(one cannot choose specific files to transfer). A module shall be implemented to transfer
files and modules (e.g. a quiz) from one course to another.
TBD.

3.2.2.6 Upload of Corrected Documents


Actor: teacher.
After downloading and correcting a document submitted by a student, the teacher shall be

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able to upload the corrected assignment for the student's perusal. The corrected
assignment shall not overwrite the original submission.

3.2.3 System Features of Phase III


3.2.3.1 Audio/Video Conferencing
Actor: course participant.
Groups of up to five students shall be able to conduct a video conference as it relates to a
particular course. This will be implemented using the Open Source Flash Server Red55. A
client shall also be developed for Moodle.
TBD.

3.2.3.2 One-on-One Video and Audio Chat


Actor: course participant.
The third-party applications relied on in § 3.2.1.3 shall be replaced by a Moodle module
utilising Red5.
TBD.

3.2.3.3 Recording of Audio Feed for Evaluation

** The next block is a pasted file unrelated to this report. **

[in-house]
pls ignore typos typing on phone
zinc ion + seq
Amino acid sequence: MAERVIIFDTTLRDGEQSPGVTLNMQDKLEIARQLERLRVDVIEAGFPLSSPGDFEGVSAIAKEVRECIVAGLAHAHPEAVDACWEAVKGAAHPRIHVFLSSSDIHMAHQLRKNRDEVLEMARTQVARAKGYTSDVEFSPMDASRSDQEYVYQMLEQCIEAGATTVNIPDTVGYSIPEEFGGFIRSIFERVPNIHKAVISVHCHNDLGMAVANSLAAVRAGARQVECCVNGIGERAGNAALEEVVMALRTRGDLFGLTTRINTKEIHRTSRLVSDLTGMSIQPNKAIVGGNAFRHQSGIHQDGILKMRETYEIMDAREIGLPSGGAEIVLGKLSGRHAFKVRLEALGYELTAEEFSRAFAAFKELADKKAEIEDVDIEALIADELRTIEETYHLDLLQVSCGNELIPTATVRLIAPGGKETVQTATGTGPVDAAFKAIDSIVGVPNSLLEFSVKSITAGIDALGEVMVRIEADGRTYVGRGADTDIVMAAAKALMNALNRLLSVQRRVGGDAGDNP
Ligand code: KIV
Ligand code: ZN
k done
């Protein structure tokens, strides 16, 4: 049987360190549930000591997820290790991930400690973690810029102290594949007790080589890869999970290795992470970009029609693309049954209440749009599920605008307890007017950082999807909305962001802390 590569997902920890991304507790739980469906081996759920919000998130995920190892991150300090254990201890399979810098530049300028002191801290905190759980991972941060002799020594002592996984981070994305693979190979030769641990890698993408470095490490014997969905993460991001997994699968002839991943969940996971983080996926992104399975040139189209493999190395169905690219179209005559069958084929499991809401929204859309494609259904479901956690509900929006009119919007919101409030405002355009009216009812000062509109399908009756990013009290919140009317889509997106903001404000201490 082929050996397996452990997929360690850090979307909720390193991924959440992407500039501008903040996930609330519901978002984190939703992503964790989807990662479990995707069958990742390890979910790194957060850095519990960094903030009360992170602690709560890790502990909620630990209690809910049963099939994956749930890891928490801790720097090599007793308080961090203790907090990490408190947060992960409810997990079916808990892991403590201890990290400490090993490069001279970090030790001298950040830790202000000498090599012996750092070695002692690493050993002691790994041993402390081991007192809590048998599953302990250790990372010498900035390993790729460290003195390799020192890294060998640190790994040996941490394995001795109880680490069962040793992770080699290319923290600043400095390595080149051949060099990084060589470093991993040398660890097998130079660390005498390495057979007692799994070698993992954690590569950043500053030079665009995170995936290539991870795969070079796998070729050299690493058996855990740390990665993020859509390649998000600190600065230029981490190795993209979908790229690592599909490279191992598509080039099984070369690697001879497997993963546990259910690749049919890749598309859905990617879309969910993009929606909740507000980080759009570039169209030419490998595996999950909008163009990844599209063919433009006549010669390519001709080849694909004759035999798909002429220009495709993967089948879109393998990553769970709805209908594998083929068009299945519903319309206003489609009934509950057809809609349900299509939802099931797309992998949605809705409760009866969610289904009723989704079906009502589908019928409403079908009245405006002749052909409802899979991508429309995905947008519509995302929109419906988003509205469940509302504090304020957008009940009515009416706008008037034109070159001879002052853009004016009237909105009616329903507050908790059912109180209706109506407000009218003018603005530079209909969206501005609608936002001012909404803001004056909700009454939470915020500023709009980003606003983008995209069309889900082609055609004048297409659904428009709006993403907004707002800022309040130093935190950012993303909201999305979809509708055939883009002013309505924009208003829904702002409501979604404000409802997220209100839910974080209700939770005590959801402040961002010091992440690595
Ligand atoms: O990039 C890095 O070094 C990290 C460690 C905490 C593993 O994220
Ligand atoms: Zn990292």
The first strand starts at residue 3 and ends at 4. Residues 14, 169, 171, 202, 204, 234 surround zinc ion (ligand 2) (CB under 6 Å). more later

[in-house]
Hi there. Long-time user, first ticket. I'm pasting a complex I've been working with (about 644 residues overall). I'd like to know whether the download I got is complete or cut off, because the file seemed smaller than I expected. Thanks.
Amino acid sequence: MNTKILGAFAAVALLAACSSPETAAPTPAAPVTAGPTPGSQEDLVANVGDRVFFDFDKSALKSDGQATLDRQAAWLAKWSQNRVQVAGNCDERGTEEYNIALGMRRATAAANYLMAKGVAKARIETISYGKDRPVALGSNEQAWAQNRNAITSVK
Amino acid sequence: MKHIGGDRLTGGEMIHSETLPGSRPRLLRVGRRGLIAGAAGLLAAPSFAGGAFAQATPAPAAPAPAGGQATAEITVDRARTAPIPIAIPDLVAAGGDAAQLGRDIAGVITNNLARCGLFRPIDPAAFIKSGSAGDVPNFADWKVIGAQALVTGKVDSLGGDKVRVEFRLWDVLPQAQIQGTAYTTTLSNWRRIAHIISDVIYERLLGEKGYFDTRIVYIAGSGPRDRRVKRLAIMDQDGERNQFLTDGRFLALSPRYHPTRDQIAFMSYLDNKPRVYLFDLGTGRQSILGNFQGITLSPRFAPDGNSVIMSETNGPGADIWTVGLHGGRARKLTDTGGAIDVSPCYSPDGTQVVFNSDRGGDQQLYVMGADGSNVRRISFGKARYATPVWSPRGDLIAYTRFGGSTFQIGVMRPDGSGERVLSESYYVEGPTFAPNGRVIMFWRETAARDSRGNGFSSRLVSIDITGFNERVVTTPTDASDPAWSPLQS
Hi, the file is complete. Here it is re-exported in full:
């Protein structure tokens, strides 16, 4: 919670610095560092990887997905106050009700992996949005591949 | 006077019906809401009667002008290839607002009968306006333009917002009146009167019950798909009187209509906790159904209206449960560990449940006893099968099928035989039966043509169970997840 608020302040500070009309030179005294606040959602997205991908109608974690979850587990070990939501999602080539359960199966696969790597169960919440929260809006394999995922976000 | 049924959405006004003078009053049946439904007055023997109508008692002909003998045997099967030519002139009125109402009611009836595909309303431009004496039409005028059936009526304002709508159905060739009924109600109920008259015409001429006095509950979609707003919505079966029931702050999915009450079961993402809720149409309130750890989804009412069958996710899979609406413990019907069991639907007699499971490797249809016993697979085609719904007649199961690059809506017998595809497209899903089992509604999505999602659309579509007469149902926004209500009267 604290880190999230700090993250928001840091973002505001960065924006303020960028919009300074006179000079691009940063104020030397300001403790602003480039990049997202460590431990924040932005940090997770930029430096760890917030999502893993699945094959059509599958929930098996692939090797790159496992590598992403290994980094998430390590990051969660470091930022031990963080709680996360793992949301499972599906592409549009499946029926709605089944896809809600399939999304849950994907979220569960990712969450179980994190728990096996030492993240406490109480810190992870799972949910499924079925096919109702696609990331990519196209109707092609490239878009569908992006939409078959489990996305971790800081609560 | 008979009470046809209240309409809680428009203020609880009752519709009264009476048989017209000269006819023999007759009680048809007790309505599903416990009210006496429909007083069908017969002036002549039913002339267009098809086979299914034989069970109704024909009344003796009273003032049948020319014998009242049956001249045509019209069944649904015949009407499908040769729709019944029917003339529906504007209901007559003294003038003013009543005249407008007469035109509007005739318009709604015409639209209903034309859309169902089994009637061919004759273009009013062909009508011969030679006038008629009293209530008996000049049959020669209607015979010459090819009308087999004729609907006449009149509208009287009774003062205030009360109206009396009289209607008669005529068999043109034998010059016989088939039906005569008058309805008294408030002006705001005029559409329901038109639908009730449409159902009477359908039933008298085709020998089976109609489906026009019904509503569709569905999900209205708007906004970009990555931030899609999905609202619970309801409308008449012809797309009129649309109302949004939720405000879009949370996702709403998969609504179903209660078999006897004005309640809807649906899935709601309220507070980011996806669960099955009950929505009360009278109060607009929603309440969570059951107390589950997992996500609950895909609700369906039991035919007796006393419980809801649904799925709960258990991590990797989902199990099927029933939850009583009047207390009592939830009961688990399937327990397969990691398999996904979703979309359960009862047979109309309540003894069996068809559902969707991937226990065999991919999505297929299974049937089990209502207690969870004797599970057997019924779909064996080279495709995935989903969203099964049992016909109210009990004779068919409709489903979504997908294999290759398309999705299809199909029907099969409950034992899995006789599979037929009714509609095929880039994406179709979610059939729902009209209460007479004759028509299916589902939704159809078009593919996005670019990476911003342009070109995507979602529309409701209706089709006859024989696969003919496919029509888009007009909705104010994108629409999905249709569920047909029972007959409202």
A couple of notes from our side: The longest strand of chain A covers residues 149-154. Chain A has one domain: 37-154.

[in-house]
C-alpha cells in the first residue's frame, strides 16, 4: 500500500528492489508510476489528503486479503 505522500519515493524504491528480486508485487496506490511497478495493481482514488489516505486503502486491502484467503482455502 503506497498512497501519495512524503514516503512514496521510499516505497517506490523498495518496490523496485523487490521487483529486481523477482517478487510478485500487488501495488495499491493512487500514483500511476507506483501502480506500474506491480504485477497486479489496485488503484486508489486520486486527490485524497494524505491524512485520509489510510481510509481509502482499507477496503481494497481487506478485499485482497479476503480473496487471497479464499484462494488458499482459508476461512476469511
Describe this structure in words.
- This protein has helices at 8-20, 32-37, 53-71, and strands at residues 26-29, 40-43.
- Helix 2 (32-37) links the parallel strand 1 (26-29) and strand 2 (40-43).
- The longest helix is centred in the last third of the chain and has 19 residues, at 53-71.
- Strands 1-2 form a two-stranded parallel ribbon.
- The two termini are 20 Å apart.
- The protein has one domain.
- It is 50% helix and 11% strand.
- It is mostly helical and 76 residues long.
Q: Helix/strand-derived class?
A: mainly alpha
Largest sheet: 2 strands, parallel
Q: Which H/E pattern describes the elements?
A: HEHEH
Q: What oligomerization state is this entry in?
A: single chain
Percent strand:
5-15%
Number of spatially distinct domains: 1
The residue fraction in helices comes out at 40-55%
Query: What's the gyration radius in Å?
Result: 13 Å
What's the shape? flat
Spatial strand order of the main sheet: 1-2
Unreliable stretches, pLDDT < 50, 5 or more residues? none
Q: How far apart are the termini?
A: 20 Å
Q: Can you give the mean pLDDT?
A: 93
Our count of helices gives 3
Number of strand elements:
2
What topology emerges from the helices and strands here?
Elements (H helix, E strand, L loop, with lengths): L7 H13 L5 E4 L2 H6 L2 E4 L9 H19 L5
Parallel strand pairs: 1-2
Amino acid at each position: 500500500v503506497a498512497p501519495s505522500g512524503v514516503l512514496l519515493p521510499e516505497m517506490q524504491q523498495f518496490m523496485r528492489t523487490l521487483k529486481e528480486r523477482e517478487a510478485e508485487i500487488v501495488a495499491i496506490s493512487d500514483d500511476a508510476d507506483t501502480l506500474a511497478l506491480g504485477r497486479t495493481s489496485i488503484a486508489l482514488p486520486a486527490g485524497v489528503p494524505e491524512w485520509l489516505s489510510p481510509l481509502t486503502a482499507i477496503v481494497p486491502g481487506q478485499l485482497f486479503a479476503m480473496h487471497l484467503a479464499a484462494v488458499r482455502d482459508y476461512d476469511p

Actor: teacher.
Audio exchanges over the Red5 server shall be saved for later evaluation by a teacher.
The audio will be saved as MPEG-2 Layer 3 (MP3) files.
TBD.

4 Software Development Roadmap


Date Milestone Comments
15.02.2006 Commencement of Phase I. See § 3.2.
15.05.2006 Commencement of β-testing of Phase
I.
14.08.2006 Completion of Phase I.
15.08.2006 Commencement of Phase II.
01.09.2006 Test Moodle(s) online for Winter Test of Phase I modules with
Semester courses. students and teachers.
15.11.2006 Commencement of β-testing of Phase
II.
14.02.2007 Completion of Phase II.

5 See http://osflash.org/red5

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Date Milestone Comments


15.02.2007 Commencement of Phase III.
15.05.2007 Commencement of β-testing of Phase
III.
14.08.2007 Completion of Phase III.